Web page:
Edward R. Dudley

Edward R. Dudley

Q. You had the opportunity to do one of the last interviews with Edward R. Dudley before his passing in 2005. What was compelling about Dudley and what do you see as his impact on the State Department?

I was fortunate to have the opportunity to do one of the last interviews with Edward R Dudley.  He was a fascinating individual, even aside from the fact that he was the first African American ambassador in the history of the United States.  Prior to meeting with him I had already done an immense amount of archival research on his time with the Department of State and discovered that not only was he an extremely effective American representative to Liberia, but that he was instrumental in breaking up what was known as the “Negro Circuit”—the extremely limited number of posts to which African American diplomats were confined prior to World War II.  Without his forceful efforts, it is doubtful that much would have been done to alleviate the problem.  What was most striking about Dudley was his self-effacing attitude about his role—he simply viewed it as something that needed to be done and, so, he did it.  I think, too, that while he was justifiably proud of his work as a diplomat he viewed it as just one of many accomplishments during a lifetime of noteworthy effort.

Carl T. Rowan with President John F. Kennedy (Credit: JFK Library)

Carl T. Rowan with President John F. Kennedy (Credit: JFK Library)

Q. Why is this history relevant today?

I think that the history of African Americans in the Department of State is important on several levels. First, it adds another layer—and one that is often overlooked—to the overall history of the struggle for civil rights and equal opportunity.  People such as Dudley were, in fact, pioneers in an inhospitable work environment and their story deserves to be heard.  Second, examining the role of African Americans in the Department of State, particularly during the Cold War, adds an important new level of understanding about how America’s civil rights problem became an international issue.  Finally, given the world in which we live today, it is important for us to understand that issues of race and ethnicity did not suddenly arise after 9/11 and that they continue to impact America’s relations with the world.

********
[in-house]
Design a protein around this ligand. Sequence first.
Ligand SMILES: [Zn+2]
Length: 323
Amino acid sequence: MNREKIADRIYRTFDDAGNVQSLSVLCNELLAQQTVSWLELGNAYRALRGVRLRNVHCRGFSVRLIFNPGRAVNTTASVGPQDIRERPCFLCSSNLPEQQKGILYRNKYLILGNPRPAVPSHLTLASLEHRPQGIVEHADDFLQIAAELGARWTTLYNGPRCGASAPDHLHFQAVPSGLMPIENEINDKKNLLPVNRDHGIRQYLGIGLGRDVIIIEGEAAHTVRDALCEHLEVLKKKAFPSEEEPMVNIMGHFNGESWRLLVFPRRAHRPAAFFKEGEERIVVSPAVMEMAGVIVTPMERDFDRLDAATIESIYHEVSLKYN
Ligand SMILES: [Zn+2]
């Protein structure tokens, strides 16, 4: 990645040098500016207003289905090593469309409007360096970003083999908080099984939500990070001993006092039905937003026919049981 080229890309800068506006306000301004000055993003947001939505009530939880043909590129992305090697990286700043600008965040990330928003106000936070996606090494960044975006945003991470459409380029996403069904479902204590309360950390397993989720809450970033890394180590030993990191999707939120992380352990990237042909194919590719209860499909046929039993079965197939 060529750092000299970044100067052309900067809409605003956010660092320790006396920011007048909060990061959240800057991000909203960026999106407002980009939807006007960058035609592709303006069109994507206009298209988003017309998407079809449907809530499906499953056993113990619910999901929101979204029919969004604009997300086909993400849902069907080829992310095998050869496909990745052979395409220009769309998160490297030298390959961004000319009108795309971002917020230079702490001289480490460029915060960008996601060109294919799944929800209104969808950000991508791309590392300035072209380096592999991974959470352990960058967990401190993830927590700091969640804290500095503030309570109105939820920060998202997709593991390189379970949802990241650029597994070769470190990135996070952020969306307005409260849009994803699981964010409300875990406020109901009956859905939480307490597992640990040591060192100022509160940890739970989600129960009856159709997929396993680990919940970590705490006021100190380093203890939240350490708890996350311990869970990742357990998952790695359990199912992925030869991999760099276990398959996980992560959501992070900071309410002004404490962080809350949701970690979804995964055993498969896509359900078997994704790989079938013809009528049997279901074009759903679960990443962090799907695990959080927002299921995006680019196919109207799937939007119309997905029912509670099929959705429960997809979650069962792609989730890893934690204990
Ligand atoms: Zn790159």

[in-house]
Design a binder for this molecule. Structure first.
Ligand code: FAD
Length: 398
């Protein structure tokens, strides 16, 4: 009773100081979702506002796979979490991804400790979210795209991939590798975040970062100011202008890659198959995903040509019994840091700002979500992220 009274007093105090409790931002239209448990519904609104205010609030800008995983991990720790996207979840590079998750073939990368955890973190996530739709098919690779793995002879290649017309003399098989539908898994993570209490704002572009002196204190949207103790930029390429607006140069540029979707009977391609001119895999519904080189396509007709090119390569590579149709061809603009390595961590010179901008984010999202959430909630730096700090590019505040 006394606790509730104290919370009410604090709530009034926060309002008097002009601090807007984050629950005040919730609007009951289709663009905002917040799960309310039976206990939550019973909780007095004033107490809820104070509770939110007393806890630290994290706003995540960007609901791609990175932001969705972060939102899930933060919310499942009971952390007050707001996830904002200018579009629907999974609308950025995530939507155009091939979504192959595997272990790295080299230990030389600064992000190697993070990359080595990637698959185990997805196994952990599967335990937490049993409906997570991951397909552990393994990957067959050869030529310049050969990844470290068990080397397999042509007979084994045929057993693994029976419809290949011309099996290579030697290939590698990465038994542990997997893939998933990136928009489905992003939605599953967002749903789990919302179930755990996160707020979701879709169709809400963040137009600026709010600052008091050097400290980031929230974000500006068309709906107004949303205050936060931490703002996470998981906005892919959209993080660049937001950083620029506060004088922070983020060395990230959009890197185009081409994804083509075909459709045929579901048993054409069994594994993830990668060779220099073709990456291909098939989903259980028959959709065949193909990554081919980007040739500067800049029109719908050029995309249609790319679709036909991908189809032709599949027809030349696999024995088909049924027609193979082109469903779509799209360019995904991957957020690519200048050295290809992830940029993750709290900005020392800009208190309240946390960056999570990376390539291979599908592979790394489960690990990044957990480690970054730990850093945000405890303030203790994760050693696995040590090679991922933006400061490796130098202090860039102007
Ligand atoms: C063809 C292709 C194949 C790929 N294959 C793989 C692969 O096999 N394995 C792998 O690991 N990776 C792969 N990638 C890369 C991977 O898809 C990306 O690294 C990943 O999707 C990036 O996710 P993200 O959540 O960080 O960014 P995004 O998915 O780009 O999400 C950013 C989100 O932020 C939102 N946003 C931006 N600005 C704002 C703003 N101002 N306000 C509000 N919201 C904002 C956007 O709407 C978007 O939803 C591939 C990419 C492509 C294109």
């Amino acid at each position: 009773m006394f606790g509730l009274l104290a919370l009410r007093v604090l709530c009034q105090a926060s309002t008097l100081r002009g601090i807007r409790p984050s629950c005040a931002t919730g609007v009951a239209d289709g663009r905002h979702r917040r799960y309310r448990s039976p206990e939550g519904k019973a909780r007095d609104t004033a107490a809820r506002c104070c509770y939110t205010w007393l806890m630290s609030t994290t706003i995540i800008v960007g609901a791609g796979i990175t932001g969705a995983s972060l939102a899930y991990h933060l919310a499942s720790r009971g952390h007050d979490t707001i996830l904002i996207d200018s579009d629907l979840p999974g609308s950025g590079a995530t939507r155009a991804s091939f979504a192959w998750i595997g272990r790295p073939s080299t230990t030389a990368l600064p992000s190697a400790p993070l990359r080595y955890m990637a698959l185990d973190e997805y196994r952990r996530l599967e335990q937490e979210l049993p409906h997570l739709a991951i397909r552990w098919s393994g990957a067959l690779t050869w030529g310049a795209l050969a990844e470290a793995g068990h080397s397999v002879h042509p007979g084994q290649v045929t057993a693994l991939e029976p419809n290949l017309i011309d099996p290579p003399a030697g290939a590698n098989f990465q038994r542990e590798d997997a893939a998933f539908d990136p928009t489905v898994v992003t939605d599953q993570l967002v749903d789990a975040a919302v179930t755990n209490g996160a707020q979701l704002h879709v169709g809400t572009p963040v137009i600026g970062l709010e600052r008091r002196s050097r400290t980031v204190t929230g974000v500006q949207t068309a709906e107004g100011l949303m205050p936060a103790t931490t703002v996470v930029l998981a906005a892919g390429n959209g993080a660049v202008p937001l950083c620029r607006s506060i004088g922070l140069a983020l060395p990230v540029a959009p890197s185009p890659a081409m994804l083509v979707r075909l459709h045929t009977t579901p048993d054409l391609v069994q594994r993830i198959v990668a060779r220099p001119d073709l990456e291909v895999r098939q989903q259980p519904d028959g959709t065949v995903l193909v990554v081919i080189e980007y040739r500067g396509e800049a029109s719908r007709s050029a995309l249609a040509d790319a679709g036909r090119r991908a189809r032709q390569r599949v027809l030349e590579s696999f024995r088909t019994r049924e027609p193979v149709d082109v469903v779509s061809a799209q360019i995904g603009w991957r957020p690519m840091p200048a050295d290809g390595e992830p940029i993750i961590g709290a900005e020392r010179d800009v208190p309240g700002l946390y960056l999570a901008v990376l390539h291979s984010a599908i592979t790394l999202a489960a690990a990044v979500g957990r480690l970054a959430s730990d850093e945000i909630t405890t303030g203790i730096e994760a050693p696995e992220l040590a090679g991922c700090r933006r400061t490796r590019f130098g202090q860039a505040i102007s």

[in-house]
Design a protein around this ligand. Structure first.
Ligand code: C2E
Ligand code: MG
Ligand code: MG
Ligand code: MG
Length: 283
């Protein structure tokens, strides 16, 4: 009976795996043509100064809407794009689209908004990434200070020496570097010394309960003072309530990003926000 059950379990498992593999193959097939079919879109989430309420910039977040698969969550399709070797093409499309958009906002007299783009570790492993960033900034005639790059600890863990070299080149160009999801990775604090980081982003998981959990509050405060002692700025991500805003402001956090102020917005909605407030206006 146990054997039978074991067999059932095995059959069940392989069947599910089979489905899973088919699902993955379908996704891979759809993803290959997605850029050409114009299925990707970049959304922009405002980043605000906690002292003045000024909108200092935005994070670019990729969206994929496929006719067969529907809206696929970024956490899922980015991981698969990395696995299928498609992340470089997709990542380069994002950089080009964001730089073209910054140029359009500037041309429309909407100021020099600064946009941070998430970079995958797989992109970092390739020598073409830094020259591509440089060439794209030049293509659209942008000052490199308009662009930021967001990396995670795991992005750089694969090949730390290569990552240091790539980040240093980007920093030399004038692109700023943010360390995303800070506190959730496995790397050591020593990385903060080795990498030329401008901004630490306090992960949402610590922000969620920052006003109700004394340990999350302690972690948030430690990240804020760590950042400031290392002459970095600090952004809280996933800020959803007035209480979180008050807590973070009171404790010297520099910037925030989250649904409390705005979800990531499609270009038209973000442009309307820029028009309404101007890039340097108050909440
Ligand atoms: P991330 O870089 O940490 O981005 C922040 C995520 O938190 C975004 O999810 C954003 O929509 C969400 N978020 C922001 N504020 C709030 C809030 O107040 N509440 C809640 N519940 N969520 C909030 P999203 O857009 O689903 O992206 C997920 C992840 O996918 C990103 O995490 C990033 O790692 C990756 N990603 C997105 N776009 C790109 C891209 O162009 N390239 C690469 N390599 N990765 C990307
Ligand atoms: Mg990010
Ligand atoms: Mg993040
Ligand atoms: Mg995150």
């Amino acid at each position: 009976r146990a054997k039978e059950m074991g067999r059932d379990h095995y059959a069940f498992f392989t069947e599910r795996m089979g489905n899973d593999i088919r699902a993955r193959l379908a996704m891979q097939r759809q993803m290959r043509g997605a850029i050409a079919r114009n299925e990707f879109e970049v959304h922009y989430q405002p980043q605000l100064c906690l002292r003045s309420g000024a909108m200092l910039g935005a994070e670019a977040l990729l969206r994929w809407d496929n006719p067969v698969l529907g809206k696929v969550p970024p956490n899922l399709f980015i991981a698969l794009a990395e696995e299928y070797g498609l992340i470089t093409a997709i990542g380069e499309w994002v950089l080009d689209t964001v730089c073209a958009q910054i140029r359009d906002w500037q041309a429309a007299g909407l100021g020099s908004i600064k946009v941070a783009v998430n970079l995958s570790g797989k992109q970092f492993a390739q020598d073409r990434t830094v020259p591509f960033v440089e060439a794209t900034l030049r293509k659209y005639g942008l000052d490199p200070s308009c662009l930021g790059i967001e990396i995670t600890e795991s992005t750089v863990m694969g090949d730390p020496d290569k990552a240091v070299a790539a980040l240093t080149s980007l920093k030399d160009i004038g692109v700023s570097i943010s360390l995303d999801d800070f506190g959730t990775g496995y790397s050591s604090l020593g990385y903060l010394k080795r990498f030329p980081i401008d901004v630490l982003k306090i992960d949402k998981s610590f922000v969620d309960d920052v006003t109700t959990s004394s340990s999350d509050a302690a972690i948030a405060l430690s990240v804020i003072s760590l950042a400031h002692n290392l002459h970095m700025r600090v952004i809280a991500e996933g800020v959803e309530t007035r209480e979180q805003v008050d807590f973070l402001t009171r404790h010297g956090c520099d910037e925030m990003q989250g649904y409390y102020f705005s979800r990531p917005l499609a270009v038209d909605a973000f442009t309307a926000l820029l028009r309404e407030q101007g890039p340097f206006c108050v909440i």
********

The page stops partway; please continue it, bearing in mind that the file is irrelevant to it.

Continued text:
Q. What is your current research?

I am currently finishing up a book on the history of U.S. cultural diplomacy from the time of Thomas Jefferson to the use of what is being called “hip hop diplomacy” today.  I’m also working on a historiographical piece on race and U.S. diplomacy.

Q. Since we're working on a documentary, this question seems imperative: What's your favorite documentary?

I’m fairly eclectic in terms of “favorite documentary.”  I use the old PBS documentary, “Chicago 1968” every time I teach my course on the Vietnam War (and its portrayal of the fraying and rending of the American political system seems quite timely for today’s students).  But I also enjoy those documentaries that focus on U.S. culture, such as the recent one (also shown on PBS) dealing with Orson Welles’s famous (or infamous) “War of the Worlds” radio broadcast from 1938.

Michael Krenn is a Professor in the Department of History at Appalachian State University.  You can find his work here.

Look for more Meet the Advisor interviews in future FLOWSTATE Stories posts.

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Six Podcasts For Creative Entrepreneurs

About two years ago, I, along with the rest of the country, caught the podcast bug. I couldn’t stop listening to long-form content in the car, washing dishes, walking my dog, any chance I could, I had ear buds in my ears.

I also consider myself to be in a constant state of non-stop learning – I’m always seeking out books that will improve my skills in a range of topics from, health, leadership, business acumen, filmmaking, parenting. So when I found that I could listen to these topics at a much faster rate than reading, I became obsessed.  Much of this obsession coincided with the creation of FLOWSTATE Films. Which led me to seek out podcasts focused on my two passions: entrepreneurship and non-fiction storytelling.  Anyone starting a business knows that you need a lot of advice and inspiration, so I decided to share some of my favorites.

Author of "The Four-Hour Work Week", "The Four-Hour Chef", and the "Four-Hour Body", Tim Ferris has long influenced my thinking around productivity, lifestyle design, and learning how to learn. His long-form interviews focus on people who are at the top of their field.  My one critique is that 90% of the interviews are with white men in business/tech. And yet some of his best interviews are those that deviates from that norm -- such as the episode with Jamie Foxx who talks poignantly about breaking racial barriers through music as well as his incredible life story being raised by his grandmother, or, the episode with Whitney Cummings who gets extremely vulnerable and opens up about pain in her past, working through co-dependency issues and using all of it to make HBO-worthy stand up comedy.